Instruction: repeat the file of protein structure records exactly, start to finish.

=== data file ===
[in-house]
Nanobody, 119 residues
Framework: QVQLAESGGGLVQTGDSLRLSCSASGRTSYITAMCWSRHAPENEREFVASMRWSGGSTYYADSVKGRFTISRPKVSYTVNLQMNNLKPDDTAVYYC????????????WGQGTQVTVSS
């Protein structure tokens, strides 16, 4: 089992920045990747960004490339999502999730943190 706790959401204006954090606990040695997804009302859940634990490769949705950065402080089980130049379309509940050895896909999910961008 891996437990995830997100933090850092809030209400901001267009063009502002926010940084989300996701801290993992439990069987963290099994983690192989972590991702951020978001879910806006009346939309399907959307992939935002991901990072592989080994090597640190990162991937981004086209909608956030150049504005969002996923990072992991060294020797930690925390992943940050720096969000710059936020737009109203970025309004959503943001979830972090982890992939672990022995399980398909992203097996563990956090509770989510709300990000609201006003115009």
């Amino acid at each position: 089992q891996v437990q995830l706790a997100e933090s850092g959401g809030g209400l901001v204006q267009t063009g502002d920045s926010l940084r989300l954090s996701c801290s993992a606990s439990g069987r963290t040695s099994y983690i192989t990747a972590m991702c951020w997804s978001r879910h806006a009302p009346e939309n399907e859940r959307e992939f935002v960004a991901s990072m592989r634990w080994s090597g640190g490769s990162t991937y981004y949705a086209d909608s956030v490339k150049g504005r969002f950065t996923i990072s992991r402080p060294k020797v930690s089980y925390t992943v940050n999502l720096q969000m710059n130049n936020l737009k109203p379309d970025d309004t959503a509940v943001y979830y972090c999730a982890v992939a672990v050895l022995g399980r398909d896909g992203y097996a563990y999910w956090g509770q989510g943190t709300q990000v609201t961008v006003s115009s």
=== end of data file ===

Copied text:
[in-house]
Nanobody, 119 residues
Framework: QVQLAESGGGLVQTGDSLRLSCSASGRTSYITAMCWSRHAPENEREFVASMRWSGGSTYYADSVKGRFTISRPKVSYTVNLQMNNLKPDDTAVYYC????????????WGQGTQVTVSS
């Protein structure tokens, strides 16, 4: 089992920045990747960004490339999502999730943190 706790959401204006954090606990040695997804009302859940634990490769949705950065402080089980130049379309509940050895896909999910961008 891996437990995830997100933090850092809030209400901001267009063009502002926010940084989300996701801290993992439990069987963290099994983690192989972590991702951020978001879910806006009346939309399907959307992939935002991901990072592989080994090597640190990162991937981004086209909608956030150049504005969002996923990072992991060294020797930690925390992943940050720096969000710059936020737009109203970025309004959503943001979830972090982890992939672990022995399980398909992203097996563990956090509770989510709300990000609201006003115009």
């Amino acid at each position: 089992q891996v437990q995830l706790a997100e933090s850092g959401g809030g209400l901001v204006q267009t063009g502002d920045s926010l940084r989300l954090s996701c801290s993992a606990s439990g069987r963290t040695s099994y983690i192989t990747a972590m991702c951020w997804s978001r879910h806006a009302p009346e939309n399907e859940r959307e992939f935002v960004a991901s990072m592989r634990w080994s090597g640190g490769s990162t991937y981004y949705a086209d909608s956030v490339k150049g504005r969002f950065t996923i990072s992991r402080p060294k020797v930690s089980y925390t992943v940050n999502l720096q969000m710059n130049n936020l737009k109203p379309d970025d309004t959503a509940v943001y979830y972090c999730a982890v992939a672990v050895l022995g399980r398909d896909g992203y097996a563990y999910w956090g509770q989510g943190t709300q990000v609201t961008v006003s115009s």